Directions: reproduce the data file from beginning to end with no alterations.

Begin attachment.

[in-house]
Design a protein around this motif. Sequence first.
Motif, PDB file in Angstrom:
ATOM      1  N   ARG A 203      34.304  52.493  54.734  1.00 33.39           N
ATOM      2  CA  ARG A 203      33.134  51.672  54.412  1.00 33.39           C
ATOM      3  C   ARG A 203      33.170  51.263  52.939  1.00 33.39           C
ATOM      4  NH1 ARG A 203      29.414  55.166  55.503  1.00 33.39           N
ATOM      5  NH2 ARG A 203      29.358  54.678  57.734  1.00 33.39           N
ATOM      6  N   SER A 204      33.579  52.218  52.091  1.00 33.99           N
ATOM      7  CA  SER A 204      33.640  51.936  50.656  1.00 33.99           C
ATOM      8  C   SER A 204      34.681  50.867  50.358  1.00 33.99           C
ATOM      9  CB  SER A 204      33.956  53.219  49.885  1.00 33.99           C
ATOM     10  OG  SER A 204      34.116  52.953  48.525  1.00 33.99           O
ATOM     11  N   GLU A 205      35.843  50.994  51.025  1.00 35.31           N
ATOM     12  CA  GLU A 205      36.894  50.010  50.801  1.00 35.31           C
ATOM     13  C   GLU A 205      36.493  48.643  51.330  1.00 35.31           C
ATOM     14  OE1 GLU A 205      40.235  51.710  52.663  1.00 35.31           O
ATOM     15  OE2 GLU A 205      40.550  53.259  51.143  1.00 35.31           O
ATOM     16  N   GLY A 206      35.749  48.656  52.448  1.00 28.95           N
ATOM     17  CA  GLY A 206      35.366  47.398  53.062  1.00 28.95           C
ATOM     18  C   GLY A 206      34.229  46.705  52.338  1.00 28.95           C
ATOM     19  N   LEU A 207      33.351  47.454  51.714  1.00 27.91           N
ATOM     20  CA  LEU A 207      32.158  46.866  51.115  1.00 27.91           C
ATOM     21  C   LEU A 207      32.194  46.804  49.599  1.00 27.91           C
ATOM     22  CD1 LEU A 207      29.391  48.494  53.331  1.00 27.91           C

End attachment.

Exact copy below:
[in-house]
Design a protein around this motif. Sequence first.
Motif, PDB file in Angstrom:
ATOM      1  N   ARG A 203      34.304  52.493  54.734  1.00 33.39           N
ATOM      2  CA  ARG A 203      33.134  51.672  54.412  1.00 33.39           C
ATOM      3  C   ARG A 203      33.170  51.263  52.939  1.00 33.39           C
ATOM      4  NH1 ARG A 203      29.414  55.166  55.503  1.00 33.39           N
ATOM      5  NH2 ARG A 203      29.358  54.678  57.734  1.00 33.39           N
ATOM      6  N   SER A 204      33.579  52.218  52.091  1.00 33.99           N
ATOM      7  CA  SER A 204      33.640  51.936  50.656  1.00 33.99           C
ATOM      8  C   SER A 204      34.681  50.867  50.358  1.00 33.99           C
ATOM      9  CB  SER A 204      33.956  53.219  49.885  1.00 33.99           C
ATOM     10  OG  SER A 204      34.116  52.953  48.525  1.00 33.99           O
ATOM     11  N   GLU A 205      35.843  50.994  51.025  1.00 35.31           N
ATOM     12  CA  GLU A 205      36.894  50.010  50.801  1.00 35.31           C
ATOM     13  C   GLU A 205      36.493  48.643  51.330  1.00 35.31           C
ATOM     14  OE1 GLU A 205      40.235  51.710  52.663  1.00 35.31           O
ATOM     15  OE2 GLU A 205      40.550  53.259  51.143  1.00 35.31           O
ATOM     16  N   GLY A 206      35.749  48.656  52.448  1.00 28.95           N
ATOM     17  CA  GLY A 206      35.366  47.398  53.062  1.00 28.95           C
ATOM     18  C   GLY A 206      34.229  46.705  52.338  1.00 28.95           C
ATOM     19  N   LEU A 207      33.351  47.454  51.714  1.00 27.91           N
ATOM     20  CA  LEU A 207      32.158  46.866  51.115  1.00 27.91           C
ATOM     21  C   LEU A 207      32.194  46.804  49.599  1.00 27.91           C
ATOM     22  CD1 LEU A 207      29.391  48.494  53.331  1.00 27.91           C